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Old 03-17-2018, 06:39 AM   #26 (permalink)
AlericB's Avatar

Join Date: Oct 2015
Location: Chester, UK
Posts: 753

The book makes an interesting point about cravings which is that cravin isn't something that happens to you and you passively experience them, but rather you actively crave because it's something that you choose to do.

It says that the issue is distorted by the language we use. If we say "I want a drink" it's easy to see that that's a choice we're making whereas if we say "I crave a drink" it suggests that there is some force out there called a craving that has somehow 'got' us and that we need to resist in some way.

This way of looking at it is seeing the craving as an activity that we choose to do rather than a thing or a force. If you think "I want a drink" then you'll feel a craving and if you think "I need a drink right now" you'll experience a stronger craving.

If says that you can get rid of craving by changing your perception of drinking and seeing that you heavy way you used to do is no longer something that you wish to continue. If you do that then you won't experience craving because you simply won't be having thoughts like "I really need a drink right now" again.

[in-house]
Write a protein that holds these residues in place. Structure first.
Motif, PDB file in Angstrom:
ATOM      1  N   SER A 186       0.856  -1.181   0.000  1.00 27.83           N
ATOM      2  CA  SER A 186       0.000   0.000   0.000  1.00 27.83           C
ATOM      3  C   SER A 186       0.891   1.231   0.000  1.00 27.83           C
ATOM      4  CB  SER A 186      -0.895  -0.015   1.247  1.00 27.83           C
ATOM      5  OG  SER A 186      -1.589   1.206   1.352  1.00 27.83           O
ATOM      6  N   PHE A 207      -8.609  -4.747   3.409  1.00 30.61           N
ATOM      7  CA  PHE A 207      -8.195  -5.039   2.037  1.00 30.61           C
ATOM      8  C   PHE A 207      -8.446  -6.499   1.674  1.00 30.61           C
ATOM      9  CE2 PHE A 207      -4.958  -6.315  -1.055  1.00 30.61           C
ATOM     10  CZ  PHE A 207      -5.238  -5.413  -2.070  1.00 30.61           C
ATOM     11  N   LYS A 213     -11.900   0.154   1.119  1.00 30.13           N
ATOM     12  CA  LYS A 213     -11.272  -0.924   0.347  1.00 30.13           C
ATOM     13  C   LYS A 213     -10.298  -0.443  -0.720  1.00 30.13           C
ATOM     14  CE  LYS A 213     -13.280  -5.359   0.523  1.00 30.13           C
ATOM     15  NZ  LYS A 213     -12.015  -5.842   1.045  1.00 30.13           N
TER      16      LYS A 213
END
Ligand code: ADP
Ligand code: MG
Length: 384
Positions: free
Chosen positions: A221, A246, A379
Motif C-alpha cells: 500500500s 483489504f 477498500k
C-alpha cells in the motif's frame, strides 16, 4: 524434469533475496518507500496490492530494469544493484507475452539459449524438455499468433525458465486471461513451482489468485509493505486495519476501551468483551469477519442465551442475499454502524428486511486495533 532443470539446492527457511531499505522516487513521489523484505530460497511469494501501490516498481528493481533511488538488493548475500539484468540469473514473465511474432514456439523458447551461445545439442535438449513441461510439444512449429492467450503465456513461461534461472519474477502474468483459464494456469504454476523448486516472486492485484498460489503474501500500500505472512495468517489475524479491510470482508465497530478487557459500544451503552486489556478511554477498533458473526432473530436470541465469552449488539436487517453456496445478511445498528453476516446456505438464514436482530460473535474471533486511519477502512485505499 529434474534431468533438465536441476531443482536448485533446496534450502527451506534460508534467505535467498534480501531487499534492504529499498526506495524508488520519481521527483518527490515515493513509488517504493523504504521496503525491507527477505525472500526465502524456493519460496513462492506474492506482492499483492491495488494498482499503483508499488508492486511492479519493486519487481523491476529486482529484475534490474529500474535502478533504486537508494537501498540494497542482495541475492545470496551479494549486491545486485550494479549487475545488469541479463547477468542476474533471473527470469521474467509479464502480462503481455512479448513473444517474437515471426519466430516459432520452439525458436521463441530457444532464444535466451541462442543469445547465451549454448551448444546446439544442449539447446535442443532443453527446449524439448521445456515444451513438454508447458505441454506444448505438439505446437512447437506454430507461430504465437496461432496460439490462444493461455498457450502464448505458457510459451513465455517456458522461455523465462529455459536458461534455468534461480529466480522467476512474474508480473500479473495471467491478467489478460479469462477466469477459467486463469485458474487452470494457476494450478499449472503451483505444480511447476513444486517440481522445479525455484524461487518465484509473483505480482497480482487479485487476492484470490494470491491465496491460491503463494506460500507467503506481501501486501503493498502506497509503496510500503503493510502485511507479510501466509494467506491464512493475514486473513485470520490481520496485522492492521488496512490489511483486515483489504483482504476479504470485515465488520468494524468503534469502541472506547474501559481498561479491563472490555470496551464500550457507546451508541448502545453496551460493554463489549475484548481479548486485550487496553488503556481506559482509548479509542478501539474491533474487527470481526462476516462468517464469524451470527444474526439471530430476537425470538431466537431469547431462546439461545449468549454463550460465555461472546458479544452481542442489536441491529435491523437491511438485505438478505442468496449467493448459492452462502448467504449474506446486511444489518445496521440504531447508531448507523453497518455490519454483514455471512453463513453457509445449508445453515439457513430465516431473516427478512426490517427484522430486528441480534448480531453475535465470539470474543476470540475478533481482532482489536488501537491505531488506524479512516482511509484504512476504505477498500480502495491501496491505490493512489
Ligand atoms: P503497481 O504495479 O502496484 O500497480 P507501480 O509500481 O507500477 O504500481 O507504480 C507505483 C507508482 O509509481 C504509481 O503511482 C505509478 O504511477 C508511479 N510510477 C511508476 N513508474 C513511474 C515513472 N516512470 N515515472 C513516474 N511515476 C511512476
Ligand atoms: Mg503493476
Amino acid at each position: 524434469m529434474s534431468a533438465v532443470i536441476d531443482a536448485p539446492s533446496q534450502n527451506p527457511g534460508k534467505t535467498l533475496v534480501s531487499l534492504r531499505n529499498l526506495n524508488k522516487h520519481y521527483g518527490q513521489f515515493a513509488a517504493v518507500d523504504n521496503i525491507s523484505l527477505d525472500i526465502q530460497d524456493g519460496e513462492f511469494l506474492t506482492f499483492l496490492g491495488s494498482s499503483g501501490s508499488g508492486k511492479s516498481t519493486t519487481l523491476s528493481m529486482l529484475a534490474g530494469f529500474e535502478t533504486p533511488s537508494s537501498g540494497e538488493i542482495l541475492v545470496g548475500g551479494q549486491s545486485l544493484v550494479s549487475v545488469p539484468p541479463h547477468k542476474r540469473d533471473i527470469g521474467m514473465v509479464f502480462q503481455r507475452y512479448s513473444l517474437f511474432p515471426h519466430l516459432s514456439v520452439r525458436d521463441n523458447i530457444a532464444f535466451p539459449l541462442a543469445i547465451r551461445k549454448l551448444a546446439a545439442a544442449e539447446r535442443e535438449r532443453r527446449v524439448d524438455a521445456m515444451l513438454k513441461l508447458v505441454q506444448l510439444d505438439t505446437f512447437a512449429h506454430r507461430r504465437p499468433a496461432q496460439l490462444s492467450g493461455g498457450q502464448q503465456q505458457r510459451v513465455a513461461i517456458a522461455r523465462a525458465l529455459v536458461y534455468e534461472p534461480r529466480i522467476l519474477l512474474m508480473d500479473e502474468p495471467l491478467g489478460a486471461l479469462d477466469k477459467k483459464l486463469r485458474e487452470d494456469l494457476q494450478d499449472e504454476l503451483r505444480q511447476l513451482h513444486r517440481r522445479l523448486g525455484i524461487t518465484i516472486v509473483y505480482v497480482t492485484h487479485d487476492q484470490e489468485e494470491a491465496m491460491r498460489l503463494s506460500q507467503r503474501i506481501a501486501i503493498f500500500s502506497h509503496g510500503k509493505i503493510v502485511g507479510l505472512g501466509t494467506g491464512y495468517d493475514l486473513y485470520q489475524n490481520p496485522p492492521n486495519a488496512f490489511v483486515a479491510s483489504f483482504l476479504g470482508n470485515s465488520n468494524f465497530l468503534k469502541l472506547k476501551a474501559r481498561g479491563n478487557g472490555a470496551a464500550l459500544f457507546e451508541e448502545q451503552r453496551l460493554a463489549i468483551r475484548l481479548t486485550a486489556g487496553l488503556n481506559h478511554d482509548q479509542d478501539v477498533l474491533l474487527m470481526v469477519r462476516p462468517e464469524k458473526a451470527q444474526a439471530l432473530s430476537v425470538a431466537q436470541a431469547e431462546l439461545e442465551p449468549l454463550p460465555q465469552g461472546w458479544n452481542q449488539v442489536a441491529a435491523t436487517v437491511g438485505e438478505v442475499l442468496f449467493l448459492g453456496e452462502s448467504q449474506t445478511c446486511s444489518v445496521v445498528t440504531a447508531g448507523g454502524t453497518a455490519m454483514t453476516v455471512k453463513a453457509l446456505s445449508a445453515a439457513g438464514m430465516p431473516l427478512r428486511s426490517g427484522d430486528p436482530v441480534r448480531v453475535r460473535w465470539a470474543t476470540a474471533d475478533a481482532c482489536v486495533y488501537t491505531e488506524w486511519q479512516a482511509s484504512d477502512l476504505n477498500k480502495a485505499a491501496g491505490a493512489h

How does the model say that you can change your perception of drinking so that you don't get anymore thoughts like ³hat you need to drink right now? It's by no longer believing in the myth of powerful cravings but knowing that you're free to challenge that thought by asking yourself "Do I really want to drink right now?"

So, it says that craving is just thoughts like "I'd like a drink" or "I need a drink" and you're free to think differently. It isn't something that just happens to you, it's something you actively do.
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